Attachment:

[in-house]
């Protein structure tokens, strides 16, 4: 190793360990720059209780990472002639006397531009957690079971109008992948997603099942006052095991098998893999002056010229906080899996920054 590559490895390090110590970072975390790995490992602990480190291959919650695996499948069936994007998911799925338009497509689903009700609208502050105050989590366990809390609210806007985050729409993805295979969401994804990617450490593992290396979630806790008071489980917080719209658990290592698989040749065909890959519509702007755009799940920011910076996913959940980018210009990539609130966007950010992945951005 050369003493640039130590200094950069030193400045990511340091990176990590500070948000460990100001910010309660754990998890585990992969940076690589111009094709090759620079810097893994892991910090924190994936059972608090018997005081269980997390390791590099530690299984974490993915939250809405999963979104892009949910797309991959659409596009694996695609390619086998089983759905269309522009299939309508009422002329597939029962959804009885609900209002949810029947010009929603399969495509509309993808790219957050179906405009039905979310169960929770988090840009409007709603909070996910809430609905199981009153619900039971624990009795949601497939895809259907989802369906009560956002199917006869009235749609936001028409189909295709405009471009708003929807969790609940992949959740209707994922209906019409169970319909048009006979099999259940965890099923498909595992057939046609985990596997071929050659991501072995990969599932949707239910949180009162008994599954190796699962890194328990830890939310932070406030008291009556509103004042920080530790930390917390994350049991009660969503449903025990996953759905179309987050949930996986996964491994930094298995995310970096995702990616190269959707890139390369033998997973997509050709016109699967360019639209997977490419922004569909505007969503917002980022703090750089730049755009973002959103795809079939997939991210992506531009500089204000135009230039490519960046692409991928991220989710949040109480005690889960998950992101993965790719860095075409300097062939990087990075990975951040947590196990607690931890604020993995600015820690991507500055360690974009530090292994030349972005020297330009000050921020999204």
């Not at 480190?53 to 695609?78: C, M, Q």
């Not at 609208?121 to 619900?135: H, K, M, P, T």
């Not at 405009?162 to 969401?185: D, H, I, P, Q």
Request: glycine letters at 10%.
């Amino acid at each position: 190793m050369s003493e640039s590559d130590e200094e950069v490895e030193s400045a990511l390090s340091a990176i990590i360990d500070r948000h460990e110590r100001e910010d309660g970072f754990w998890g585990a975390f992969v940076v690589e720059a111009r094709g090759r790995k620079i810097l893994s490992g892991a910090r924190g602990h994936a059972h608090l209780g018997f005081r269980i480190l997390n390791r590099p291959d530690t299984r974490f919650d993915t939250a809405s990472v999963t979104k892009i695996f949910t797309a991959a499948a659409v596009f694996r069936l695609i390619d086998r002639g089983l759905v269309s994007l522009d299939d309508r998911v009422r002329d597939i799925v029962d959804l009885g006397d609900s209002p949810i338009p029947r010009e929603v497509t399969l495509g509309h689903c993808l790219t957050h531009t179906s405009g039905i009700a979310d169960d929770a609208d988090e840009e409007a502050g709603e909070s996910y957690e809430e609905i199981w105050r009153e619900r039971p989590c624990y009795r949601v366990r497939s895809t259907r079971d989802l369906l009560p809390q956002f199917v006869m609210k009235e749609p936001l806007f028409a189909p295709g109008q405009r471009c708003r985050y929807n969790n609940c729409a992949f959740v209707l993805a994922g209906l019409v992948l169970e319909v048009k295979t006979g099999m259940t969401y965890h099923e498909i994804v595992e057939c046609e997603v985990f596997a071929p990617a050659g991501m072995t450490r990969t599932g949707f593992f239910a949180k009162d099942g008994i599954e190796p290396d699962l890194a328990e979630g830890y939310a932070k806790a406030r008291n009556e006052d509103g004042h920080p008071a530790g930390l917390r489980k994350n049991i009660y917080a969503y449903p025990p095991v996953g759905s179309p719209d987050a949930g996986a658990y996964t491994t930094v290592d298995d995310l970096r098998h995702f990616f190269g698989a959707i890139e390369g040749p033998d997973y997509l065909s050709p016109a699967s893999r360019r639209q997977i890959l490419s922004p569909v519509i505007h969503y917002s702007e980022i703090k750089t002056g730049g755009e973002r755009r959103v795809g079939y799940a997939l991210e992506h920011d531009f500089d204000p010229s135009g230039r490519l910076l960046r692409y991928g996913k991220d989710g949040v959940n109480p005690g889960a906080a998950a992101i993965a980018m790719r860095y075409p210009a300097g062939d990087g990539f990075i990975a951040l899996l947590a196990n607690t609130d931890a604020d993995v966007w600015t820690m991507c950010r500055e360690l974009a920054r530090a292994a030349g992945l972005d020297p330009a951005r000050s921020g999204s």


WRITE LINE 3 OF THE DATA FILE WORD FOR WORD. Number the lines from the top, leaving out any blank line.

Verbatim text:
């Not at 480190?53 to 695609?78: C, M, Q």